At this moment, the United States is Israel’s only geopolitical ally left that’s fully on board with the program.
Another reason Israel would like to draw out the military operation in Gaza as long as possible using whatever pretext it can is that it’s stalling for time to figure out what to do with all of the Gazans it would like to displace. A leaked “concept paper” from the Intelligence Ministry proposed expelling the Gazans into the Sinai Peninsula to live in tent cities, which did not go over well diplomatically, to say the least. More recently, it’s been pressuring America and Western Europe to take the Gazans off of their hands. So it needs some wriggle room to devise alternative solutions.
However, at the same time, the state is under immense, unprecedented internal pressure to be seen to be doing something concrete to secure the Israeli hostages aside from posturing in the media. Netanyahu and his allies were already in existential political trouble before October 7th, and the threats to his and his ideologically expansionist base’s grip on power have only multiplied following the government’s clear de-prioritization of hostage release below annihilating Gaza, not to mention the “intelligence failure” of that day itself.
It turns out that waging war can be just as difficult politically on the international stage as it can on the domestic front, even in a country as usually united in its militarism as Israel.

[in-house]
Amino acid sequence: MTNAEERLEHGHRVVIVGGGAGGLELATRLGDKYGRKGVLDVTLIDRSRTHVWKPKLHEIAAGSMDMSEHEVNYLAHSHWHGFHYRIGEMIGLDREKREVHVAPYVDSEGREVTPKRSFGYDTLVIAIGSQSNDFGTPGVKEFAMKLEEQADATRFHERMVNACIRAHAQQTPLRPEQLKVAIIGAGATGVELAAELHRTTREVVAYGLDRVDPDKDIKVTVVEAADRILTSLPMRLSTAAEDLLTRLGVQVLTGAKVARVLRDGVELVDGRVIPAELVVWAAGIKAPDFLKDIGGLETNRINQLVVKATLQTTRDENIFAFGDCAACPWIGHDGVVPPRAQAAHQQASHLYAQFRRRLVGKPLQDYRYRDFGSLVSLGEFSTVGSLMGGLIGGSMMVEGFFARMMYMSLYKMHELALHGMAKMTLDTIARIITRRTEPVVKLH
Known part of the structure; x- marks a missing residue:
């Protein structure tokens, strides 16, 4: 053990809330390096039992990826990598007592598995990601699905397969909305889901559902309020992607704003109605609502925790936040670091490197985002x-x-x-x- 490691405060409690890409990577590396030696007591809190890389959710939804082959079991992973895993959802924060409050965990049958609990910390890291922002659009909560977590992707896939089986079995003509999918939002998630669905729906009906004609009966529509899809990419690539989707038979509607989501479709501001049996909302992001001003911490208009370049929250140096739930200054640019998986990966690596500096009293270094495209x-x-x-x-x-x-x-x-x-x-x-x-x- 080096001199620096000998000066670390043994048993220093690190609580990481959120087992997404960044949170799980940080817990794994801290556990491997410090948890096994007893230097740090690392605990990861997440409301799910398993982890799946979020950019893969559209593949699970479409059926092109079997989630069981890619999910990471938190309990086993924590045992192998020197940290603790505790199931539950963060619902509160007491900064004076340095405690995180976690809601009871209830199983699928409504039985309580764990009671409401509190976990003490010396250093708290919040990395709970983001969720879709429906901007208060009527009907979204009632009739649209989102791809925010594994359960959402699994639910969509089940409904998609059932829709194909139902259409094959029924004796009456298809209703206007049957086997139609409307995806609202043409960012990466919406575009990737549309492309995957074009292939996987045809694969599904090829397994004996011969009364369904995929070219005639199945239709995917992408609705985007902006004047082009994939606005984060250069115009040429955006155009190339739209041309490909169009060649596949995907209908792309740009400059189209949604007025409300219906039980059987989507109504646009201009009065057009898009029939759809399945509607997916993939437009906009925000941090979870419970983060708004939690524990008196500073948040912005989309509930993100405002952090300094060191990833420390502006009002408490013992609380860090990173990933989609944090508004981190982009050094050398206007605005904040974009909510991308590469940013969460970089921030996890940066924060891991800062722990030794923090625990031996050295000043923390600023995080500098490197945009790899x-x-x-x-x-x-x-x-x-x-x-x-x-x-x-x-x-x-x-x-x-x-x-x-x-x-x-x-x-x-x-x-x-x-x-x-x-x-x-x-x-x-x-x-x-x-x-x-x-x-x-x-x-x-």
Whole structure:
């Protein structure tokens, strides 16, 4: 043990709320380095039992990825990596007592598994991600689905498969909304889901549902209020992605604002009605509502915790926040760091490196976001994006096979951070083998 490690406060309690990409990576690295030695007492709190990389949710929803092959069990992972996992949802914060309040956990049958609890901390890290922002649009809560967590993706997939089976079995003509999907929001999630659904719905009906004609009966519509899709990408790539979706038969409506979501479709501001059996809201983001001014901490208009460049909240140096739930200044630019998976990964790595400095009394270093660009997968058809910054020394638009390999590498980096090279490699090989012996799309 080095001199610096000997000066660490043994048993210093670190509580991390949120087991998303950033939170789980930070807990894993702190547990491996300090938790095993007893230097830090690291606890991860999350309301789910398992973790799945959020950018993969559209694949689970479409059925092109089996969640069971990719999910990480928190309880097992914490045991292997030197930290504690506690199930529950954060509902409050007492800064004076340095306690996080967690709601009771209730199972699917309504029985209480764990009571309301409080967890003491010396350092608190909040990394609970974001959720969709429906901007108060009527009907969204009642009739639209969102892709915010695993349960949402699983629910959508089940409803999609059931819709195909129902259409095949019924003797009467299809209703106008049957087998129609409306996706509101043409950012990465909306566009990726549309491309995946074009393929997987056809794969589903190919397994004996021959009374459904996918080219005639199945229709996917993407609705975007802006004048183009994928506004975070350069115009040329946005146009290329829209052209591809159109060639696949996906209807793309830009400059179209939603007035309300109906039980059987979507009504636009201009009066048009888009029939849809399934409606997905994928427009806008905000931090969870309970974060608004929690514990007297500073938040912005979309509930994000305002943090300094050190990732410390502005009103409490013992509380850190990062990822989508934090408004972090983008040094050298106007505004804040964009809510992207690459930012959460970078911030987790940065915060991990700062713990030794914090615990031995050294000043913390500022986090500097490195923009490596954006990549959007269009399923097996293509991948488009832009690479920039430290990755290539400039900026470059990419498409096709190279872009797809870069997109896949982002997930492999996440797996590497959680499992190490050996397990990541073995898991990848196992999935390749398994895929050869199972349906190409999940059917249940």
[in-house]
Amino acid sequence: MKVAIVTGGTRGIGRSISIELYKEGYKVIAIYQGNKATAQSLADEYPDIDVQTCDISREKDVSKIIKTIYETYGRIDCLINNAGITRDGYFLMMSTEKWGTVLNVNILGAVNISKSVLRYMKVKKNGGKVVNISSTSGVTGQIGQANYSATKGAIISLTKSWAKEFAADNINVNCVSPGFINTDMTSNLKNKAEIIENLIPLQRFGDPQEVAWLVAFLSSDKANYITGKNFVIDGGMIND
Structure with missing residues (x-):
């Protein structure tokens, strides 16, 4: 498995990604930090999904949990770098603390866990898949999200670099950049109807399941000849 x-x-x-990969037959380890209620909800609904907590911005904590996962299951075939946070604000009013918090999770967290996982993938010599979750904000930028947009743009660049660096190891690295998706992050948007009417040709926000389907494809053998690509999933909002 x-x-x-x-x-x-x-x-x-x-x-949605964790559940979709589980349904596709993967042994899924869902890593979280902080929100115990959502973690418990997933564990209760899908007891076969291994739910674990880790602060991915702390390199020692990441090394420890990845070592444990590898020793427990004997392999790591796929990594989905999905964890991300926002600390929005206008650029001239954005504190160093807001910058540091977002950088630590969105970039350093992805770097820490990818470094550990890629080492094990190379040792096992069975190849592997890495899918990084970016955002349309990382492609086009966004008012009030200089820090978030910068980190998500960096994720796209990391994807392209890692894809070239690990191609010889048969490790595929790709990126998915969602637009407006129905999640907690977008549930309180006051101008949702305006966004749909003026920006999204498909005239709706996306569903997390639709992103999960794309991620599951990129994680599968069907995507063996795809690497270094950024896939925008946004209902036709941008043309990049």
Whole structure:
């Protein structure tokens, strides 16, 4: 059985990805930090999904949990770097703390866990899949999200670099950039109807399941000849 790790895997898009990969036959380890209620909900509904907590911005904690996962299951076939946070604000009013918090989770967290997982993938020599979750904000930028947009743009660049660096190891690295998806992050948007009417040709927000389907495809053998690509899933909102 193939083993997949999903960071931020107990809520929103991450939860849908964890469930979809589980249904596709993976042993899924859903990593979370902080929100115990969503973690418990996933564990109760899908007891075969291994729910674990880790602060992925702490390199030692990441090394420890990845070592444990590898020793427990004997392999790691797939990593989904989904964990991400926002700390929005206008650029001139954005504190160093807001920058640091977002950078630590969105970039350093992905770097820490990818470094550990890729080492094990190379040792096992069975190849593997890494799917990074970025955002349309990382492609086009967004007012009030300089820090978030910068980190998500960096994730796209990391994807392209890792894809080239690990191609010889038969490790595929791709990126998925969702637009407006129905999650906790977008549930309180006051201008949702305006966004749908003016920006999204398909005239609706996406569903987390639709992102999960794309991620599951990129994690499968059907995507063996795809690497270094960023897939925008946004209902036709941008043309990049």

So the Israeli state has been walking a political tightrope between maintaining its justification for its assault on Gaza while doing its best to appease the growing dissident faction within the state itself. This is why, I speculate, Israel is only doing a deal for 50 of its hostages; it buys them some political cover at home while maintaining the existence of many more hostages in Gaza and thus the theoretical justification for what it’s doing there, in addition to “eliminating Hamas” (a pipe dream impossible to achieve because Hamas is scattered across borders and because its bombing campaign is only generating more, and more hardened, recruits.
Thus the war must go on. And on. And on.
Ben Bartee, author of Broken English Teacher: Notes From Exile, is an independent Bangkok-based American journalist with opposable thumbs.
For hip Armageddon Prose t-shirts, hats, etc., peruse the merch store.
Insta-tip jar and Bitcoin public address: bc1qvq4hgnx3eu09e0m2kk5uanxnm8ljfmpefwhawv